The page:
Home » Student volunteers hitting the streets for Rosies

Student volunteers hitting the streets for Rosies

Daniel Bouwmeester    October 20, 2023    3 min read   

Senior secondary students from The Springfield Anglican College (TSAC) regularly volunteer with a local outreach charity to connect with people living in crisis.

The students work with the team from Rosies – Friends on the Street to provide supplies to people in need in Ipswich.

This year, students are working in teams of 4 and will attend 15 sessions throughout the year, as part of the school’s Rosies Outreach Program.

Students are accompanied by TSAC’s College Chaplain, Reverend Jonathan Kemp, and hand out donated food, drinks, and blankets.

They also talk with clients from a range of ages and backgrounds, many of whom are struggling in the current economic climate.

According to the Australian Psychological Society, 1 in 4 Australians say they are currently experiencing an episode of loneliness.

And according to Relationships Australia, 1 in 10 Australians aged 15 and above report lacking social support.

Furthermore, social isolation is linked to poor physical and mental health.

Such facts drive the Rosies – Friends on the Street mission.

Although many of the charitable group’s regular visitors have housing or jobs, they still struggle to make ends meet – or simply lack a strong support system – according to the Rosies website.

Something as simple as a smile and a cup of coffee from a Rosies volunteer can be enough to help change someone’s self-worth and build confidence, the website says.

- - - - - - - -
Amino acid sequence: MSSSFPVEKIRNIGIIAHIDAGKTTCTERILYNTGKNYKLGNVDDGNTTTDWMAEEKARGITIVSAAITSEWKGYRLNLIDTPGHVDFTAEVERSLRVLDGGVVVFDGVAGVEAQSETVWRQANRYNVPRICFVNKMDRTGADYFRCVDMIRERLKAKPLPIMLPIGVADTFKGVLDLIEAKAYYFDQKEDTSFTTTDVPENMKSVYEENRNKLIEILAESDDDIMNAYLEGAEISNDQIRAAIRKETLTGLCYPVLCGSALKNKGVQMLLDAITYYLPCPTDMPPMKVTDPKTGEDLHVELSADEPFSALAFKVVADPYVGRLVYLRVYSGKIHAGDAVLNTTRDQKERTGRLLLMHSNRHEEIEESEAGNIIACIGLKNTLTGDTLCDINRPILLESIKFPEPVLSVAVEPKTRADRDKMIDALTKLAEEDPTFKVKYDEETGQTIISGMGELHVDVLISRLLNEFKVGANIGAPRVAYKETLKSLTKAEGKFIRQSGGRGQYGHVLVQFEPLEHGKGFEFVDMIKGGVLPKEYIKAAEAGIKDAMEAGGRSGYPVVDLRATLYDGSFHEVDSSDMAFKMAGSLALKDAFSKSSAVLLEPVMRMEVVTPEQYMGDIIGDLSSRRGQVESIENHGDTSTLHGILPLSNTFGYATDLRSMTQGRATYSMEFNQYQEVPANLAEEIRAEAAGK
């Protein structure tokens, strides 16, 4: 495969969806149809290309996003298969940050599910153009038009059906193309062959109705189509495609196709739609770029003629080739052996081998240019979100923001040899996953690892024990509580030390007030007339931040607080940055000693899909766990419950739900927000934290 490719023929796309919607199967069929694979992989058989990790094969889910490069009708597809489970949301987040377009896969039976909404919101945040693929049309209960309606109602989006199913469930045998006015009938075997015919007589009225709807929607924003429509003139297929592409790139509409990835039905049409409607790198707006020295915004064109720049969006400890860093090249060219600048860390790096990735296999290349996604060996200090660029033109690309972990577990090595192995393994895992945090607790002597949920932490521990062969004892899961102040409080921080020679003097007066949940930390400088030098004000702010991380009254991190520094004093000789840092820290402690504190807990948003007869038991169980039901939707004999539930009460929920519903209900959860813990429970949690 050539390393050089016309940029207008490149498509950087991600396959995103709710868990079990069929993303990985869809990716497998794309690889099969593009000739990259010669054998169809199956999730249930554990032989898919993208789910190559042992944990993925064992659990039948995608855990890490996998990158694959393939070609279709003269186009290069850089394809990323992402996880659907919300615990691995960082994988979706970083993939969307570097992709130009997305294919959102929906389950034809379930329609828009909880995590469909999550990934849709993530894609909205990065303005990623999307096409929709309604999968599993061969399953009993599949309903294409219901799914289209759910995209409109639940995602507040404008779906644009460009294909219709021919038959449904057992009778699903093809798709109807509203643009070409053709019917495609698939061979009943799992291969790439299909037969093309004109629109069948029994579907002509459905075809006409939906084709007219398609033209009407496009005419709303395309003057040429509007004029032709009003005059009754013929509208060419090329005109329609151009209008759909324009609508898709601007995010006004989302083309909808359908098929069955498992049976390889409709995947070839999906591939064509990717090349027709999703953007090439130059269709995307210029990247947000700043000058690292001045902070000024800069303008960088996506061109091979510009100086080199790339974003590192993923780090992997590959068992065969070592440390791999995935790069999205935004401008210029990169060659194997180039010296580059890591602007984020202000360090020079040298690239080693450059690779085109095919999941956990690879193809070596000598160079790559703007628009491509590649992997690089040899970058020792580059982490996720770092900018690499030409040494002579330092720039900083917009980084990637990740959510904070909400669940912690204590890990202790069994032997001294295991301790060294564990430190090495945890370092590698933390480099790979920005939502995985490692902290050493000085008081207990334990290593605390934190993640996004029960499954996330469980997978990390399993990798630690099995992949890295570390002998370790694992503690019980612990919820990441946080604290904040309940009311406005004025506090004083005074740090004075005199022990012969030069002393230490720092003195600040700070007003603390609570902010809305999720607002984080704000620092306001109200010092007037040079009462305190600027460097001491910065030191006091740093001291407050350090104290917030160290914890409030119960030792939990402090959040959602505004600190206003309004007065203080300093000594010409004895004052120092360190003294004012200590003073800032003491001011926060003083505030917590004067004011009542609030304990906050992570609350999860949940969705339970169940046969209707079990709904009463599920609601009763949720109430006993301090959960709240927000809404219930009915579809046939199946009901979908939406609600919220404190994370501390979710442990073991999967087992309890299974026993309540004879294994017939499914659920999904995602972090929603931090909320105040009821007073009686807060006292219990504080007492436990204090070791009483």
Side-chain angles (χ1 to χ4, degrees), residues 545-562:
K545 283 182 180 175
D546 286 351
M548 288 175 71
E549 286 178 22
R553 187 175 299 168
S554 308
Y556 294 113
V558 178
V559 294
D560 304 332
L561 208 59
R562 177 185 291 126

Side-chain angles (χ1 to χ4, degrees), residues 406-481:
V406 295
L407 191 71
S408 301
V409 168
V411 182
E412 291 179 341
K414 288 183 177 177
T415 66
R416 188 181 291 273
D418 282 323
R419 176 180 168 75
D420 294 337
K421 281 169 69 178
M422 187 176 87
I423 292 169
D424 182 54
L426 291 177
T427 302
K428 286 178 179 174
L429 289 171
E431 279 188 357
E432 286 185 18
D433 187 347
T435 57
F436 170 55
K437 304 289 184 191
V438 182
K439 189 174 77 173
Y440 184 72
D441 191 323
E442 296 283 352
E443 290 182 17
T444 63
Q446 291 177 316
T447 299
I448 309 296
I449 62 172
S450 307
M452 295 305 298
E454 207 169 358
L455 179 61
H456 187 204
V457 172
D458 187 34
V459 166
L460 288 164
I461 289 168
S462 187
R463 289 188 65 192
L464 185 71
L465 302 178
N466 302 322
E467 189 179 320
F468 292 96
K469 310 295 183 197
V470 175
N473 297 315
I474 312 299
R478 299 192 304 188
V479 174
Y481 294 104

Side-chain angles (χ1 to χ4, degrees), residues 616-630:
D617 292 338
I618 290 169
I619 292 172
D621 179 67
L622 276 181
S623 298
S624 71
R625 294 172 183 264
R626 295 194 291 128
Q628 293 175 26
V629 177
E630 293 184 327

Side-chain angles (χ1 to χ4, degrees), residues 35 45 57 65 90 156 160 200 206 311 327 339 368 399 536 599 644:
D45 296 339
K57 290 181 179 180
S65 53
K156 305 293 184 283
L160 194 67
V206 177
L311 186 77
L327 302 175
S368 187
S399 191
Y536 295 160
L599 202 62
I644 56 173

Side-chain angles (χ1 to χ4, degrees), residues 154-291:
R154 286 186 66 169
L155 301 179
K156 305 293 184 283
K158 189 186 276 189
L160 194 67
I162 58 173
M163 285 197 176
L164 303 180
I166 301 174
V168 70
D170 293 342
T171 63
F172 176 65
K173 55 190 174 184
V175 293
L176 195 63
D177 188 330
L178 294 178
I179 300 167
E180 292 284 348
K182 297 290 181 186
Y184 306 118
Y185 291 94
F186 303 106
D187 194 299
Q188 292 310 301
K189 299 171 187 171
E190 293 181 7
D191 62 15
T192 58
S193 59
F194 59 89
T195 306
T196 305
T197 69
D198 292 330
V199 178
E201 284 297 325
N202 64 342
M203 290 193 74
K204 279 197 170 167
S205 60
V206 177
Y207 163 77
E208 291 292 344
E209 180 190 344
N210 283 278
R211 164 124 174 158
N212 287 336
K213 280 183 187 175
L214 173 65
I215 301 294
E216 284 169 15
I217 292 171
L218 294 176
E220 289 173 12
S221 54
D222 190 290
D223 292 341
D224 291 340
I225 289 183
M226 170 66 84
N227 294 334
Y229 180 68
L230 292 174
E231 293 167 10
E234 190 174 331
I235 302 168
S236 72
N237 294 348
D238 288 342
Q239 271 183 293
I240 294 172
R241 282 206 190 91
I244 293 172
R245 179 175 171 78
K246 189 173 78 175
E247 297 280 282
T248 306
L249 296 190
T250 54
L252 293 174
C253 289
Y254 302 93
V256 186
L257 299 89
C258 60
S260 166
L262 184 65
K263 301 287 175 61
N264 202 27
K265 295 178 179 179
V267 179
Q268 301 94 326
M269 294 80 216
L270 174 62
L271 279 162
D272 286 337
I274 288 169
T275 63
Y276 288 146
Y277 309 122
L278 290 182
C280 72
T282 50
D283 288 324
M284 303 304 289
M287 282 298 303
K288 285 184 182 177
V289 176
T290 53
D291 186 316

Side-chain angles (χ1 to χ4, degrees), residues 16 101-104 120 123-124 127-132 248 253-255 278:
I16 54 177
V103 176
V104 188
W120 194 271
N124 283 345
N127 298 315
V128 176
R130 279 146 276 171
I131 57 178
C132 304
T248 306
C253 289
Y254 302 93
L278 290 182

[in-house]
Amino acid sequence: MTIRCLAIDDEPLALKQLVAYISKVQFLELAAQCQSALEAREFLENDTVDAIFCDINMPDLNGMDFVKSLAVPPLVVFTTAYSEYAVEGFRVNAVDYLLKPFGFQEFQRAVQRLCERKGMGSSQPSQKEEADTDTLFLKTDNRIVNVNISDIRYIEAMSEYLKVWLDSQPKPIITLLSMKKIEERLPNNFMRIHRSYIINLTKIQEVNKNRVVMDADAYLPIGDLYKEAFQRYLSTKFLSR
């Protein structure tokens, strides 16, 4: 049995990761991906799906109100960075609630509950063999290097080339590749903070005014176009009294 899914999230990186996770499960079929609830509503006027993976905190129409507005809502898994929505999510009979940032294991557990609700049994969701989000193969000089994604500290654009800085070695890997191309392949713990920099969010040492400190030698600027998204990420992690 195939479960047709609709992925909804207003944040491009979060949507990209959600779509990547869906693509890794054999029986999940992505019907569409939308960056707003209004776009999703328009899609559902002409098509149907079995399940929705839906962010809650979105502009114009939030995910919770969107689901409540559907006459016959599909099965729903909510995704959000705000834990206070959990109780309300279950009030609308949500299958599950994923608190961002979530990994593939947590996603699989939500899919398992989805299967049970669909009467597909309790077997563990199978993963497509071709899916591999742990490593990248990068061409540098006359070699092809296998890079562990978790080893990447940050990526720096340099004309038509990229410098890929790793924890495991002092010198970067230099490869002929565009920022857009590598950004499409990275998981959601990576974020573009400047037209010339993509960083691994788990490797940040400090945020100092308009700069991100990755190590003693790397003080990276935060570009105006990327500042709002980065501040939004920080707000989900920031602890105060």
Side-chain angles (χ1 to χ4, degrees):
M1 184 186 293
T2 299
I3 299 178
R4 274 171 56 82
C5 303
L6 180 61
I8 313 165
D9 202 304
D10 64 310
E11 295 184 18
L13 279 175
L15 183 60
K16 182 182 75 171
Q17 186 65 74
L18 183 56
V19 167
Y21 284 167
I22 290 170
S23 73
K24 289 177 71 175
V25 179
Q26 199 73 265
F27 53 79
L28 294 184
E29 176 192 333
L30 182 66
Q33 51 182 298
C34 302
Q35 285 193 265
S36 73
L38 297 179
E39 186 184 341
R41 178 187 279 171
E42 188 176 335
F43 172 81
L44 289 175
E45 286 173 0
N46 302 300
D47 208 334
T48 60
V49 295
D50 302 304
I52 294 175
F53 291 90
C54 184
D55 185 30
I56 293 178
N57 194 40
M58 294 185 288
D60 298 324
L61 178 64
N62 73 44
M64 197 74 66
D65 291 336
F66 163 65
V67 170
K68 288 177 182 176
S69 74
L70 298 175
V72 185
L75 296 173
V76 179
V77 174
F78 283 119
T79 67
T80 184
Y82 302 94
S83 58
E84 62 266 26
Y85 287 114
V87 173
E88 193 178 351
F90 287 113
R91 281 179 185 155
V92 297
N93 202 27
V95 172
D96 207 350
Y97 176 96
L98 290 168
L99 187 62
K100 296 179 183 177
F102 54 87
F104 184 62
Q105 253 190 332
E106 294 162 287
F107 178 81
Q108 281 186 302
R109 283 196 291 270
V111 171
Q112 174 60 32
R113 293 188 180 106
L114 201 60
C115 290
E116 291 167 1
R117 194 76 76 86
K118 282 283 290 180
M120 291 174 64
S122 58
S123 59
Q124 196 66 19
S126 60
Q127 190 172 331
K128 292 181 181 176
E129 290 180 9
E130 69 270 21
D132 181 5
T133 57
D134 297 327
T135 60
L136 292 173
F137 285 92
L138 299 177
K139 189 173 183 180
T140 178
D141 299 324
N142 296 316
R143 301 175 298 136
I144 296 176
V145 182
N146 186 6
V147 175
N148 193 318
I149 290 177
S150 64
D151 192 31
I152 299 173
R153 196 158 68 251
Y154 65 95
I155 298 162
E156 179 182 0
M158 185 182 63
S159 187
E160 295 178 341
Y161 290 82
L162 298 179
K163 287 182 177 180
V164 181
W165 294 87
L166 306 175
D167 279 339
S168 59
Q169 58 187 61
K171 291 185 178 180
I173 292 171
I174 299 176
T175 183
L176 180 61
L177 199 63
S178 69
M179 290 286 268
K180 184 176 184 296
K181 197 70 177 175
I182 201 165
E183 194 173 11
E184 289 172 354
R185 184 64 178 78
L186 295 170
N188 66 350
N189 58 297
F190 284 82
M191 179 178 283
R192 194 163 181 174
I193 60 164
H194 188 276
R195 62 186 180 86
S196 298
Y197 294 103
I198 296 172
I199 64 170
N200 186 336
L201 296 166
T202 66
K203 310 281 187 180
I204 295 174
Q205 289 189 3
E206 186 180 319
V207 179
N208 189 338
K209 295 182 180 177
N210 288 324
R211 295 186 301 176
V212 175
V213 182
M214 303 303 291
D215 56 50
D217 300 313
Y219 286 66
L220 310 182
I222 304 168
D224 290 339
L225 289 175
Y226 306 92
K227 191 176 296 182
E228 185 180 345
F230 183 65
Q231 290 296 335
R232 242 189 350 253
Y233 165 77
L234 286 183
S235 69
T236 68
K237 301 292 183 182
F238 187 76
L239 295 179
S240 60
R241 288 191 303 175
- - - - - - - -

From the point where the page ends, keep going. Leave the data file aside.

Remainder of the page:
Supporting students

Volunteering forms part of the College’s service mission, and the school gives students support and training before they start volunteering.

Reverend Jonathan Kemp said the College’s focus on service is based on Christian ministry.

“When TSAC students volunteer in the community, they meet people from different walks of life and provide a warm meal and hot drink,” the Reverend said.

“As importantly, they speak with the young people and play games with the children. They learn that friendship and social connection is just as important as providing food and supplies.

“We don’t know everyone’s circumstances, but we know that there are people in need who are asking for a hand.

“It can be confronting to see people of all ages, including families with children and babies, coming to seek help and support.

“Volunteering encourages students to question their preconceptions about people who have been dealt a different hand in life, and give of themselves and their time to help people in need.”

For more information about Rosies – Friends on the Street, visit rosies.org.au.

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Daniel Bouwmeester

Daniel was born in a mining town in New South Wales to Dutch and Welsh immigrants, before relocating to Logan City, where he attended Canterbury College for twelve years. He pursued his passion for music by completing a first-class honours degree at the University of Queensland (UQ), and later signed with a local record label. He has travelled the world from a young age, including a student exchange in rural France, a job working the ski lifts in Colorado, and visits to the islands of the South Pacific. After a six-year career in market research, Daniel returned to UQ to complete a Bachelor of Journalism and Arts dual degree, majoring in political science. His varied experiences at home and abroad have contributed to a passion for spreading good news while defending the truth buried inside complex societal paradigms.